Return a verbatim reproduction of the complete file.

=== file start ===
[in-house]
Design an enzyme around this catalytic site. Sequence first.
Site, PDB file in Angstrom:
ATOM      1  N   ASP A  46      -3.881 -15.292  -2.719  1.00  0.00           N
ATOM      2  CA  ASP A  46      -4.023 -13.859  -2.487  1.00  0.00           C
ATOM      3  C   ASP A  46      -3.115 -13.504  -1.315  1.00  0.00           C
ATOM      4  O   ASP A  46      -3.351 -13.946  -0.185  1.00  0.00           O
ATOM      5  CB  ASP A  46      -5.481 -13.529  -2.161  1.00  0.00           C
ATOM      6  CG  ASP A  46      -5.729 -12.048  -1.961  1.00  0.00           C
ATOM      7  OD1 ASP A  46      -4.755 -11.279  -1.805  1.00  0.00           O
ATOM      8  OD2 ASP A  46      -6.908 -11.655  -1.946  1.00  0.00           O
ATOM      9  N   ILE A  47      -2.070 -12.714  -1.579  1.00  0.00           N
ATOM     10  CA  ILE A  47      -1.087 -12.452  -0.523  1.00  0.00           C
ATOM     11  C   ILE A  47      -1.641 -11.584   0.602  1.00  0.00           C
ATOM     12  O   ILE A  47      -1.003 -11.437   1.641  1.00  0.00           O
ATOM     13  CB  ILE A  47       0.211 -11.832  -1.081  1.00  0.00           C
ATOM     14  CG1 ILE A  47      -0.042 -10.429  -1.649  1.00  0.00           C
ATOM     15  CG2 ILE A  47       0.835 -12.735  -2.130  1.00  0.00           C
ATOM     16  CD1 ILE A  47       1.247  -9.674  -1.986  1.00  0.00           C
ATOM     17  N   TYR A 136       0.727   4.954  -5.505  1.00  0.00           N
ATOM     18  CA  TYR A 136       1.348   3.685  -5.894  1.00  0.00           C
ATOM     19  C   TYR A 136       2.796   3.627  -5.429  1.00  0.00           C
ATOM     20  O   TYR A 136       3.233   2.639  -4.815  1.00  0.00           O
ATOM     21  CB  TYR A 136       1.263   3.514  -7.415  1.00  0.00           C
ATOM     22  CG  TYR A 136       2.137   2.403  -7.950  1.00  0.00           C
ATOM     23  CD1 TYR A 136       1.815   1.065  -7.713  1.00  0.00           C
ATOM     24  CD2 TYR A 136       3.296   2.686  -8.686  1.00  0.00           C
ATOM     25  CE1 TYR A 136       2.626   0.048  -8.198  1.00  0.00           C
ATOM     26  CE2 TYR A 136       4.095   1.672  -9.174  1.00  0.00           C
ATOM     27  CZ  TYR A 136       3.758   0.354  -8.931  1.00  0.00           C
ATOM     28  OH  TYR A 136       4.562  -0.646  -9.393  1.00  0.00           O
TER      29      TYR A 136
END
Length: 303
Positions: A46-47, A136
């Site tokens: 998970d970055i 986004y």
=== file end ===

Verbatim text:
[in-house]
Design an enzyme around this catalytic site. Sequence first.
Site, PDB file in Angstrom:
ATOM      1  N   ASP A  46      -3.881 -15.292  -2.719  1.00  0.00           N
ATOM      2  CA  ASP A  46      -4.023 -13.859  -2.487  1.00  0.00           C
ATOM      3  C   ASP A  46      -3.115 -13.504  -1.315  1.00  0.00           C
ATOM      4  O   ASP A  46      -3.351 -13.946  -0.185  1.00  0.00           O
ATOM      5  CB  ASP A  46      -5.481 -13.529  -2.161  1.00  0.00           C
ATOM      6  CG  ASP A  46      -5.729 -12.048  -1.961  1.00  0.00           C
ATOM      7  OD1 ASP A  46      -4.755 -11.279  -1.805  1.00  0.00           O
ATOM      8  OD2 ASP A  46      -6.908 -11.655  -1.946  1.00  0.00           O
ATOM      9  N   ILE A  47      -2.070 -12.714  -1.579  1.00  0.00           N
ATOM     10  CA  ILE A  47      -1.087 -12.452  -0.523  1.00  0.00           C
ATOM     11  C   ILE A  47      -1.641 -11.584   0.602  1.00  0.00           C
ATOM     12  O   ILE A  47      -1.003 -11.437   1.641  1.00  0.00           O
ATOM     13  CB  ILE A  47       0.211 -11.832  -1.081  1.00  0.00           C
ATOM     14  CG1 ILE A  47      -0.042 -10.429  -1.649  1.00  0.00           C
ATOM     15  CG2 ILE A  47       0.835 -12.735  -2.130  1.00  0.00           C
ATOM     16  CD1 ILE A  47       1.247  -9.674  -1.986  1.00  0.00           C
ATOM     17  N   TYR A 136       0.727   4.954  -5.505  1.00  0.00           N
ATOM     18  CA  TYR A 136       1.348   3.685  -5.894  1.00  0.00           C
ATOM     19  C   TYR A 136       2.796   3.627  -5.429  1.00  0.00           C
ATOM     20  O   TYR A 136       3.233   2.639  -4.815  1.00  0.00           O
ATOM     21  CB  TYR A 136       1.263   3.514  -7.415  1.00  0.00           C
ATOM     22  CG  TYR A 136       2.137   2.403  -7.950  1.00  0.00           C
ATOM     23  CD1 TYR A 136       1.815   1.065  -7.713  1.00  0.00           C
ATOM     24  CD2 TYR A 136       3.296   2.686  -8.686  1.00  0.00           C
ATOM     25  CE1 TYR A 136       2.626   0.048  -8.198  1.00  0.00           C
ATOM     26  CE2 TYR A 136       4.095   1.672  -9.174  1.00  0.00           C
ATOM     27  CZ  TYR A 136       3.758   0.354  -8.931  1.00  0.00           C
ATOM     28  OH  TYR A 136       4.562  -0.646  -9.393  1.00  0.00           O
TER      29      TYR A 136
END
Length: 303
Positions: A46-47, A136
């Site tokens: 998970d970055i 986004y």